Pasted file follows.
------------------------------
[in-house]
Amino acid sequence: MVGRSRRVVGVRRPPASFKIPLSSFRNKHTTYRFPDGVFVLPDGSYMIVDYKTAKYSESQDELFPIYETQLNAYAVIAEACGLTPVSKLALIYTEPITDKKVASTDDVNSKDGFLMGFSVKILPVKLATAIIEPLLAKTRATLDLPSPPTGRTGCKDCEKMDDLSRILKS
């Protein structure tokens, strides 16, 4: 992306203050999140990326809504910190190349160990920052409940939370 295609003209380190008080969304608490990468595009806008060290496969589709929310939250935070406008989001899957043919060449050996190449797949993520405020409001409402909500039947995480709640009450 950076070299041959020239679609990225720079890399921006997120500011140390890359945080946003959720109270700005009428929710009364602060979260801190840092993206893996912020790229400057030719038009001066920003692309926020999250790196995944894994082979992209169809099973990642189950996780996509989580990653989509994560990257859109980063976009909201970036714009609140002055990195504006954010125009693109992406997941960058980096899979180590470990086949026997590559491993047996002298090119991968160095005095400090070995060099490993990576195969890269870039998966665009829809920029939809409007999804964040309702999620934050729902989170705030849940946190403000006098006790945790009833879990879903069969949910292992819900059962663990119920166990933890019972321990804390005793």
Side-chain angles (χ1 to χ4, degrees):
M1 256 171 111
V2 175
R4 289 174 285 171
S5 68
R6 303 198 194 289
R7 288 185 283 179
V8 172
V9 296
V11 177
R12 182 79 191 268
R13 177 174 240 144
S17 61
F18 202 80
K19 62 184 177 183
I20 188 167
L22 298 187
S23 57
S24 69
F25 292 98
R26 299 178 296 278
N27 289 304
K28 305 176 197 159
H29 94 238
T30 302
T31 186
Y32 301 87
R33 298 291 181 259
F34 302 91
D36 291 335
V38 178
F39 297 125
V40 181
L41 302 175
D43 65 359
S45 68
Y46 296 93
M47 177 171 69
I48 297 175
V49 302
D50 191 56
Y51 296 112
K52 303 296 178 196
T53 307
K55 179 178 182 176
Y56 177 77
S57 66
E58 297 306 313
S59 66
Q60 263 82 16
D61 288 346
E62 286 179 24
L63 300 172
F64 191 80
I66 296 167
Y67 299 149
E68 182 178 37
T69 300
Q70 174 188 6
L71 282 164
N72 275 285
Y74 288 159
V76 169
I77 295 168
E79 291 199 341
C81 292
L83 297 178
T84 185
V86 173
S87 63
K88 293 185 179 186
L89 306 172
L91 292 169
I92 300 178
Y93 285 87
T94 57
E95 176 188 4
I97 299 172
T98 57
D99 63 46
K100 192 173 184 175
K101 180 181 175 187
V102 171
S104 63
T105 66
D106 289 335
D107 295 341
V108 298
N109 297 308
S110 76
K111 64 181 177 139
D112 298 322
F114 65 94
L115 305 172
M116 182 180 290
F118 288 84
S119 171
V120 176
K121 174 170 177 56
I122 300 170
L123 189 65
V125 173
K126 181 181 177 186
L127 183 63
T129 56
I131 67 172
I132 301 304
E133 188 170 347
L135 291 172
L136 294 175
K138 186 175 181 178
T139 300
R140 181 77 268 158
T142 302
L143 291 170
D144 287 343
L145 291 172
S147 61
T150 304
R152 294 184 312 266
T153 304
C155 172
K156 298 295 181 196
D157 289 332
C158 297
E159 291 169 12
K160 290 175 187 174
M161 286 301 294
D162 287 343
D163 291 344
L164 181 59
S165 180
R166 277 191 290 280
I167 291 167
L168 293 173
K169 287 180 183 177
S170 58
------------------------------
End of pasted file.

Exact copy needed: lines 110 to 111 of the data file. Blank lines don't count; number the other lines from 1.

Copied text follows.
I132 301 304
E133 188 170 347